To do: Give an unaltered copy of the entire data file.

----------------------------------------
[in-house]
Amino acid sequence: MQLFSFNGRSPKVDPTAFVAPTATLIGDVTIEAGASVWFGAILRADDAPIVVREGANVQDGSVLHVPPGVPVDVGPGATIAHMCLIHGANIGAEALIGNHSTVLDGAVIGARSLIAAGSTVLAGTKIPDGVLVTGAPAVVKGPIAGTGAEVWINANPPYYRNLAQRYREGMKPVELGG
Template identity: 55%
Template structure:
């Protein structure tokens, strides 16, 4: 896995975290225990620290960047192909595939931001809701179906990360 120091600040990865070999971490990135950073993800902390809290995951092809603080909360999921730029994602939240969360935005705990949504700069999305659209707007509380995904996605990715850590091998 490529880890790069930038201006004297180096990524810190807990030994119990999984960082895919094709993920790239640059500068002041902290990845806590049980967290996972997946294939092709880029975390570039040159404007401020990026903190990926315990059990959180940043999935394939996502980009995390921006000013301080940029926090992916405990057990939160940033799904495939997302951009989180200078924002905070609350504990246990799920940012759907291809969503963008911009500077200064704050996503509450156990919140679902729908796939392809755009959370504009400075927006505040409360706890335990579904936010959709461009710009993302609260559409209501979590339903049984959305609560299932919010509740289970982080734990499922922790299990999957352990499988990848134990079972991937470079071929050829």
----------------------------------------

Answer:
[in-house]
Amino acid sequence: MQLFSFNGRSPKVDPTAFVAPTATLIGDVTIEAGASVWFGAILRADDAPIVVREGANVQDGSVLHVPPGVPVDVGPGATIAHMCLIHGANIGAEALIGNHSTVLDGAVIGARSLIAAGSTVLAGTKIPDGVLVTGAPAVVKGPIAGTGAEVWINANPPYYRNLAQRYREGMKPVELGG
Template identity: 55%
Template structure:
């Protein structure tokens, strides 16, 4: 896995975290225990620290960047192909595939931001809701179906990360 120091600040990865070999971490990135950073993800902390809290995951092809603080909360999921730029994602939240969360935005705990949504700069999305659209707007509380995904996605990715850590091998 490529880890790069930038201006004297180096990524810190807990030994119990999984960082895919094709993920790239640059500068002041902290990845806590049980967290996972997946294939092709880029975390570039040159404007401020990026903190990926315990059990959180940043999935394939996502980009995390921006000013301080940029926090992916405990057990939160940033799904495939997302951009989180200078924002905070609350504990246990799920940012759907291809969503963008911009500077200064704050996503509450156990919140679902729908796939392809755009959370504009400075927006505040409360706890335990579904936010959709461009710009993302609260559409209501979590339903049984959305609560299932919010509740289970982080734990499922922790299990999957352990499988990848134990079972991937470079071929050829």